I hope you will take a few minutes to read Lisa’s Valentine’s Day Rant of Love.

I think she is spot on and I love the gentle way she writes, not pointing fingers or excluding herself from sometimes less-than-ideal parenting choices, but encouraging all of us to step back and look at the path we are on.

Too much of a “good” thing is not good for any of us, most especially our children.

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Hello! Happy Valentine’s Day! This post originally appeared here on February 15, 2010. I have added a few notes from today at the bottom.

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I have never fully embraced Valentine’s Day.

When I was single, the day and everything leading up to it, seemed to focus on what I lacked, and I found myself resenting the Hallmark-fueled mandatory expressions of romance.

When John and I met, he was equally ambivalent about Valentine’s Day, preferring to focus his attention on what he felt was a sorely-underrated holiday: Groundhog’s Day.

And so as our relationship unfolded we happily exchanged cards and small gifts on Groundhog’s Day, and then privately snickered as everyone else paid ridiculously inflated prices for flowers and chocolates two weeks later.

But then something happened.

Two beautiful little people came into our world, seemingly on a mission to teach us to see love and beauty everywhere.

Last week as my children made simple, handmade Valentines for their classmates and teachers, I felt my heart soften and embrace the sweetness of what this holiday was — long before it was Mylar balloons, and singing cards, and chocolates wrapped in plastic.

And then yesterday, at our UU church, as if the service was designed just for me, our minister invited us to re-image Valentine’s day while speaking of the power of love to heal our world.

While I was upstairs singing (I recently re-joined the choir after a 4+ year break  — yay!) and enjoying this inspiring service, John and the kids were downstairs in the RE classrooms making signs to express what love and peace and equality mean to them.

At the end of our service they paraded into the sanctuary carrying their signs and invited us all to join them by marching about a mile from our church to the center of town for a Standing on the Side of Love rally.

While we marched I asked Lily what the rally was all about.

“It’s about spreading love, Mama. And brightening people’s days. And being kind to each other. That’s what Valentine’s Day is all about.”

And this is how on a cold, February day, as I stood on the side of the road with my children and more than 80 members of our beautiful spiritual community, smiling and waving our signs as passerbys honked and cheered for equal rights and equal marriage and peace, I came to know and love and joyfully celebrate the true spirit of Valentine’s Day.

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February 14, 2011: What a shift it has been to redefine Valentine’s day in this much more expansive and inclusive way! John and I continue to forgo Hallmark cards, gifts, flowers, or fancy dinners. (Phew. Total relief all around.) The kids continue to inspire us with their sweet homemade (glitter-glue covered) expressions of love. And our spiritual community continues to hold space (quite exuberantly so!) for Equal Rights and Equal Marriage on this love-filled holiday!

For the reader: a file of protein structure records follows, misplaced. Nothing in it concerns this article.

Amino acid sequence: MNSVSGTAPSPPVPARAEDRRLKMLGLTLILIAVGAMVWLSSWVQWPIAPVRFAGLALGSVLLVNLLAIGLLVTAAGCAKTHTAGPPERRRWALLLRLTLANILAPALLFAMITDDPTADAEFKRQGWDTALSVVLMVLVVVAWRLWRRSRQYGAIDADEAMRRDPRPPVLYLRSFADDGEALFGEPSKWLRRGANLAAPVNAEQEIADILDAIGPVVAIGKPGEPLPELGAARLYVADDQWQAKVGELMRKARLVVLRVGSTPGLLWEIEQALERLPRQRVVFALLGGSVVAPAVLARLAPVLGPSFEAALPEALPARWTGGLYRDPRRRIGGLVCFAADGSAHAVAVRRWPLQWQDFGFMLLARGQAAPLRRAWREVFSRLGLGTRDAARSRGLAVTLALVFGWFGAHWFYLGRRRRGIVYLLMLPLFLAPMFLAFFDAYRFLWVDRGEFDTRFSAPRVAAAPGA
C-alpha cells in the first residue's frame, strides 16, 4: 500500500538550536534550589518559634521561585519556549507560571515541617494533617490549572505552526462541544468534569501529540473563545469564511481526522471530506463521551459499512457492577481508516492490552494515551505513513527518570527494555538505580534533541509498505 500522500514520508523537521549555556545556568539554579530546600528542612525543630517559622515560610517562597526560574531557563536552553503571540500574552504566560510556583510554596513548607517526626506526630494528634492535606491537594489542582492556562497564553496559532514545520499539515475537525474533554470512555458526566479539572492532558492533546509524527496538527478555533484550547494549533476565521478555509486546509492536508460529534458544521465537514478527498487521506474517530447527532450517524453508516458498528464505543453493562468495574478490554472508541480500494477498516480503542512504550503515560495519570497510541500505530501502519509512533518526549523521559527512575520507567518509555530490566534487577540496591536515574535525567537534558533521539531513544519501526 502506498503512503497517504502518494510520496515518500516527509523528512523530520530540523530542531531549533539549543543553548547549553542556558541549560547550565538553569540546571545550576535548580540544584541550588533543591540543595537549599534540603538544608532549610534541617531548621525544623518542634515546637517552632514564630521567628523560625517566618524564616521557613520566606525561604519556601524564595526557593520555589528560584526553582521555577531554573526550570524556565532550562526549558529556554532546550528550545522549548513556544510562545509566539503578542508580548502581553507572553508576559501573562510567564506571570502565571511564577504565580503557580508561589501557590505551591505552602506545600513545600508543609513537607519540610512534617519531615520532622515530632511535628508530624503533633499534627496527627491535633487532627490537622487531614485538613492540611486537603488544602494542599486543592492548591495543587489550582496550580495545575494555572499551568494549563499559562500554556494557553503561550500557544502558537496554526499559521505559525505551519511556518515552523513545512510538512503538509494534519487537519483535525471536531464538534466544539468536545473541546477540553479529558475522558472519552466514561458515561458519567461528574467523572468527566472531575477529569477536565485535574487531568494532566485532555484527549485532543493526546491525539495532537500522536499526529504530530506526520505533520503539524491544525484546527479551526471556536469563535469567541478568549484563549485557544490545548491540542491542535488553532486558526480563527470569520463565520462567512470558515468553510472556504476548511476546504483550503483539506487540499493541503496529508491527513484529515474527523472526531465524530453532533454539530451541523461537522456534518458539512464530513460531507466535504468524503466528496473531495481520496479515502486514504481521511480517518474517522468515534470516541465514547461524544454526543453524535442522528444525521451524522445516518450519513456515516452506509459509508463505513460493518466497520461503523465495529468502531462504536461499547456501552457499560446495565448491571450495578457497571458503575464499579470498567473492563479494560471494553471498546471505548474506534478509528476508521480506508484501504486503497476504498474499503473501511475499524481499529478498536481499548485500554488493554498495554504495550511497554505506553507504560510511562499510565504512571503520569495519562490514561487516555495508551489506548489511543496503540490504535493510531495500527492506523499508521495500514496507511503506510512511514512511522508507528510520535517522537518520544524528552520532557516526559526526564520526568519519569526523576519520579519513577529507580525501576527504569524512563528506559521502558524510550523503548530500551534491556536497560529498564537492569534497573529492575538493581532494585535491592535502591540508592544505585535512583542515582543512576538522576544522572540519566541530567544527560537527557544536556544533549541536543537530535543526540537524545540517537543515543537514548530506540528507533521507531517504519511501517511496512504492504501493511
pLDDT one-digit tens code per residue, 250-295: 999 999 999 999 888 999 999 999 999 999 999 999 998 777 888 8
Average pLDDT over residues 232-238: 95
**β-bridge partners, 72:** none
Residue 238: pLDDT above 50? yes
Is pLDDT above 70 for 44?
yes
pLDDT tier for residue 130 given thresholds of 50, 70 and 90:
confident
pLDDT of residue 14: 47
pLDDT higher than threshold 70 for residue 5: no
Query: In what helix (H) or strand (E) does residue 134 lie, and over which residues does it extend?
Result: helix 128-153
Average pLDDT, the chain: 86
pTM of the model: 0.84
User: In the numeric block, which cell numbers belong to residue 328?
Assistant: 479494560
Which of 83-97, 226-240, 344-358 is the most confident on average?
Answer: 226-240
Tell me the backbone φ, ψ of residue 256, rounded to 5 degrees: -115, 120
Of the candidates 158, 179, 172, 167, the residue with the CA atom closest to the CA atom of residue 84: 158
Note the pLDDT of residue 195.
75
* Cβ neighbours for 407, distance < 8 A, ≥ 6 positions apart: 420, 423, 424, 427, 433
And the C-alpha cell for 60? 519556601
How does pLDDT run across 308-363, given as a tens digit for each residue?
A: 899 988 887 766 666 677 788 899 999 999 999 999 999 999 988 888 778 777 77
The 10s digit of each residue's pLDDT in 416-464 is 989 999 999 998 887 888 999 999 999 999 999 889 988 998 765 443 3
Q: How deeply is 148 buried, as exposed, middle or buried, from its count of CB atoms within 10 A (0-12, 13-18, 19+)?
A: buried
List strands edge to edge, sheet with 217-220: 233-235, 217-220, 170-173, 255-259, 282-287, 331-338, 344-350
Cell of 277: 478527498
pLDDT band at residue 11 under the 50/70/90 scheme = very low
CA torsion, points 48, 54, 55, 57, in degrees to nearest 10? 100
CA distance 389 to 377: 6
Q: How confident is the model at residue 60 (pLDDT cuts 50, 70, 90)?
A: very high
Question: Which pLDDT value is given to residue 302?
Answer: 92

This weekend I sat at a coffee shop and listened as a beautiful young couple shared their vision for their upcoming wedding ceremony with me and told tag-team stories of how they met and came together as a couple. After they left I sat there for a few minutes soaking it all in. What a joy it is to share my gifts in this way and to be a part of two people intentionally interweaving their lives, their friends and their families.

How wonderful it will be when marriage is fully accessible to all loving couples everywhere!

 

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love is love

by eringoodman on February 11, 2011

in holidays + celebrations, living + learning, waldorf-inspired

At my son’s Waldorf-inspired nursery school Valentine’s Day is a treasured celebration.

Sweet and simple preparations begin in the weeks leading up to the holiday. The children create envelopes to hold their Valentines by hand-stitching beautiful watercolor paintings together with yarn they braid or twist themselves.

A few days later they use rubber stamps in the shape of each child’s symbol to decorate a special card for each person.

On Monday they will exchange these special “love notes” with each other. (And the butcher paper that covers the table – and allows for plenty of practice stamping – will be recycled into wrapping paper.)

Meanwhile in my daughter’s kindergarten class preparations are also well underway.

The creation of Valentines (homemade or store-bought) was assigned as homework last week. The children practiced forming their letters by carefully writing out each classmate’s name.

Moving on from Waldorf nursery school and into public school kindergarten has been smooth and easy for my six-year-old. Yesterday at dinner when asked to list three things that make her smile she responded: Love, peace and my school.

For me it has been a bit more of a challenge. (More about this here.)

I have attachments, many attachments, to the Waldorf way.

I love the soft pastel colors. The intentionally-rounded edges of everything from papers to tables. The gentle flowing watercolor paintings. The beeswax. The wool. The handwork. The baking. The rhythm. The deep connection to nature.

Public school classrooms are jarring to my senses.

Florescent lights. Primary colors. Plastic toys. Computer centers. Bells. Buzzers. Announcements over the loud speaker. Yikes!

And yet after nearly half a year of volunteering weekly in my daughter’s kindergarten class, I continue to be overwhelmed in the most wonderful of ways by the love that permeates the room.

Yes, the classroom and the materials look different…

Valentine pins are made out of foam and stickers at one center while brightly-colored tempera paint flows at another.

…but love is love. Regardless of the form it takes.

And there is no shortage of love at my daughter’s school.

This Valentine’s Day weekend I am leaning into some of my previous (and current) limiting beliefs and attachments to the way things “should” be and opening my heart to the love that is.

.Wishing you a beautiful, love-filled weekend.